By devouring our chronic illness, we develop patience.  From our patience springs wisdom.  We see differently, feel differently, and understand differently.  Living with a chronic disease teaches us hard lessons.  Every day is a new challenge, and we continue to learn how to live with our disability.  We may not be able to do much (if any) physical exercise, but we strengthen our minds by taking our thoughts captive.

Fueled by our decision to devour the weeds in our life, the stinging nettle provides us with insight, sensitivity, and tenderness. Our ability to comfort others is intensified.  Our purity of heart shines through our words and deeds.

Our disAbility has given us the ability to live beyond our disability.

Which Came First? Expectations or Beliefs

Seed of Change Cropped
“Seed of Change” oil painting by Rose Wolfe

Several years ago, I came to the stunning realization that I was wasting my life.  My pre-judgments were determining my perception of events.  I should have figured this out long ago, but I was too busy reacting.

You’ve done it, too.  Someone looks at you.  You interpret the look, and, boom, off you go with your emotions riding high.

We have a predilection to interpret events based on our assumptions.  In fact, we will often lie to ourselves.  “I am right.”  We tell ourselves. No reason to test the veracity of what we think.  Humbleness is a lost art – if it ever was an art.

I wonder, do we have the capacity to be less reactionary?  Why do we jump from perception to conclusion?  What dusty rooms in our collective minds need cleaning out and rearranging?

Every time we agree or disagree with someone, we are reinforcing a belief – the unspoken adherence to a system of truths.  Most often, we do not bother to test out our theories before we adopt them as truth.  It is this factor alone that bothers me the most.  I know I am guilty as charged.  Yes, I have a trailer truck of conviction debris that I am pulling along behind me.

Acknowledgment is good, but how do we unshackle ourselves from our burden of labeling others (and ourselves, also)?

Let’s start at the beginning.  How would we describe our childhood, our adulthood?  What did we expect to happen along the way?  What do we believe to be the reasons behind the events of our story?  Come on, we all have a story.  We have written it and are now living it.  It is our reality.

The next part gets tricky.  Our reality feels very real to us, but it is not reality.  Huh?

I don’t know which came first, expectations or beliefs.  What I do know is that they are circular.  Our expectations and beliefs drive each other.  The end result is our reality.  Nevertheless, we can change it.  How?  By changing them.  Challenge our expectations, beliefs, and interpretations.  It may feel as if our landscape is quicksand, but we are not stuck.  The way out is through the pathway of self-examination.

The journey to a new reality begins with a reinterpretation of our story and, by default, a redefinition of our personal reality.  Start telling yourself new stories.  Not only who and what you are, but tell yourself new stories about the guy you pass every day.  You know, the guy begging for money.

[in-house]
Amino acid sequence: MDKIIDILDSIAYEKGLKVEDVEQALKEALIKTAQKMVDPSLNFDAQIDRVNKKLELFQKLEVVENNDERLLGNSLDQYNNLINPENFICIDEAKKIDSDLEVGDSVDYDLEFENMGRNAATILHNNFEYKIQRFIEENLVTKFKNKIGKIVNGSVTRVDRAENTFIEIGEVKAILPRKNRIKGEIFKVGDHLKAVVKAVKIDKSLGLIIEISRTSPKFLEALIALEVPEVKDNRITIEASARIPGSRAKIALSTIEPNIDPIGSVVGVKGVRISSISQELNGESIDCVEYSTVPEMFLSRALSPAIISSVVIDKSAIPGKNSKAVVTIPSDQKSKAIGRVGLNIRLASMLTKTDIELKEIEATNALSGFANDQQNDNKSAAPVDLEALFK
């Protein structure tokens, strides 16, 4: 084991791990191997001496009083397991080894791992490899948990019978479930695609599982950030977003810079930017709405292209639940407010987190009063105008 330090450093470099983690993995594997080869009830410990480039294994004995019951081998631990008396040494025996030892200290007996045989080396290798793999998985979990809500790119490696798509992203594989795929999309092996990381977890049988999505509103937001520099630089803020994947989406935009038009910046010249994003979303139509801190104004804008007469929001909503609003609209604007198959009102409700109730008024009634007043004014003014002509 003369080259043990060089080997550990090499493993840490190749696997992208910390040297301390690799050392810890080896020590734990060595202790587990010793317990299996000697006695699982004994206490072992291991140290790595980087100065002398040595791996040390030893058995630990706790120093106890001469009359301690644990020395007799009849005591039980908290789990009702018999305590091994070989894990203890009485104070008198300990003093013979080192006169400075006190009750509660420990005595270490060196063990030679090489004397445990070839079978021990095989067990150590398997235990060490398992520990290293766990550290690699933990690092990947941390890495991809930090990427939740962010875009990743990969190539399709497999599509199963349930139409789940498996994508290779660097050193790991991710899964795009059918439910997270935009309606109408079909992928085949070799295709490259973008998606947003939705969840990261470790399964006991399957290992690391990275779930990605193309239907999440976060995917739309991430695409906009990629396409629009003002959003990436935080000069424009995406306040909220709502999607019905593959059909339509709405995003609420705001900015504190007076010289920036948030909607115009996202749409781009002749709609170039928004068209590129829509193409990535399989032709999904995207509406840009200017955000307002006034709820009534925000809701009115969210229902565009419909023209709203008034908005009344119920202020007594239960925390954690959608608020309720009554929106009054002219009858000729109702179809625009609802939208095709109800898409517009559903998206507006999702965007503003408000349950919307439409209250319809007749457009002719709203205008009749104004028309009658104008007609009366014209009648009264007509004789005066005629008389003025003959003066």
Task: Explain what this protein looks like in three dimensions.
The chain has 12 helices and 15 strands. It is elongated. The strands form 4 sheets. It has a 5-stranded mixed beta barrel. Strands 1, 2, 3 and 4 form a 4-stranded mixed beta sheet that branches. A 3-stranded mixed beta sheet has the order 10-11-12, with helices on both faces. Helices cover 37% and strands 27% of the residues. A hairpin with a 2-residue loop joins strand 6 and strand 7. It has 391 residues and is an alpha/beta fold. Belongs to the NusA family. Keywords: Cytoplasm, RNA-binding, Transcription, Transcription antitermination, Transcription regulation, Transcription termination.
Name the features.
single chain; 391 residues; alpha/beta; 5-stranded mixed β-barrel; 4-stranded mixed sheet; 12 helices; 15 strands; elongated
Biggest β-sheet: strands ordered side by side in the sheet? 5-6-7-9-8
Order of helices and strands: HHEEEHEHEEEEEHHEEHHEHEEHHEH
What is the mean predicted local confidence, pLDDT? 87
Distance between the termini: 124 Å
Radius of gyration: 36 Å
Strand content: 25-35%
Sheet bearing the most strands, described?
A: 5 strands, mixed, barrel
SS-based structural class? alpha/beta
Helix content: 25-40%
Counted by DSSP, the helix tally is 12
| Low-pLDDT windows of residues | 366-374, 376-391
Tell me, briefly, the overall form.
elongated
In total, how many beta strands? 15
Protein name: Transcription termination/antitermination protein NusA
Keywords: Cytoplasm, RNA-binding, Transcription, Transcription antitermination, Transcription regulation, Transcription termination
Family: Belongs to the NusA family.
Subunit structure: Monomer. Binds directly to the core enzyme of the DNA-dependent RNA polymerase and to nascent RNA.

How would you describe him?  Have you written him off as an alcoholic, a druggie, a bum?  What if you are right?  Does it matter?  Does it relieve you of compassion?

One time, I was sitting in my wheelchair waiting for my husband to pick me up after a doctor’s appointment.  It was a beautiful summer day, and I rolled over to a nearby park.  Across the street was an elitist residence tower for the rich and wannabe famous.  My book was tucked behind me in a bag just out of reach.  As the noble walked by, staring straight ahead, I attempted to get their attention.

“Excuse me.”

“Wait, I don’t want any money.  I just need . . .”

“Please, could you . . .”

Over and over again, I tried.  Not one person even turned their head.

Finally, a little woman pushing a shopping cart piled high with plastic bags, shuffled over.  “Do you need help?” she asked.

“Yes, would you reach into my bag and get my book out?”

She reached in, handed me my book, and smiled at me.

I smiled back.

 

 

The rePurposed Life

The rePurposed Life

When I started writing this blog in February, I wanted to engage the topic of living outside of our disAbilities. After all, everyone struggles with a disability and not all struggles can be neatly categorized (nor acknowledged by the afflicted).

My disAbility is obvious. Your eyes rivet to my rolling chair as I enter the room. The first seconds of meeting, we negotiate a social awkwardness.  Eventually, I come up with a  lighthearted quip, hoping to put everyone at ease. With children, it is different. They stare at me until their parent becomes uncomfortable. I don’t mind their straightforwardness. They are real and honest with curiosity.  As our eyes meet, I smile and try to elicit a response. It allows me to engage with them about their unanswered questions.

Anyway, because I have failed and succeeded in my new role as a physically disabled person, I thought my focus would be on encouraging anyone who is struggling. My mistake was focusing on “disabilities.”

My life is not about my physical and mental limitations. It is about finding a rePurposed Life. Moving forward from a scared child to a petulant youth. . .until, finally, an earnest adult. But my disease changed me further.  It was another twist in the narrative of my life’s story – a page turner.

Because of (and in spite of) muscular dystrophy, I reexamined my life again. I found it wanting – lacking vision.  What did I desire?  Over and over, I asked myself to define my purpose. The answer exploded in my heart as I watched one, two, three, four, five people die. What legacy did they leave?  What legacy did I want to leave? To love others (family, friends, neighbors, enemies) and to encourage them.

Yes. It was time to take the focus off of me, the petulant youth who never grew up. I want a life that has meaning – with God centered.

No preaching. No condemnation here. Just honest conversations about how we think and what we do.

So, I am thinking about renaming my blog from Living Free with Disabilities to The reRepurposed Life. (The url will remain http://livingfreewithdisAbilities.com.) What do you think?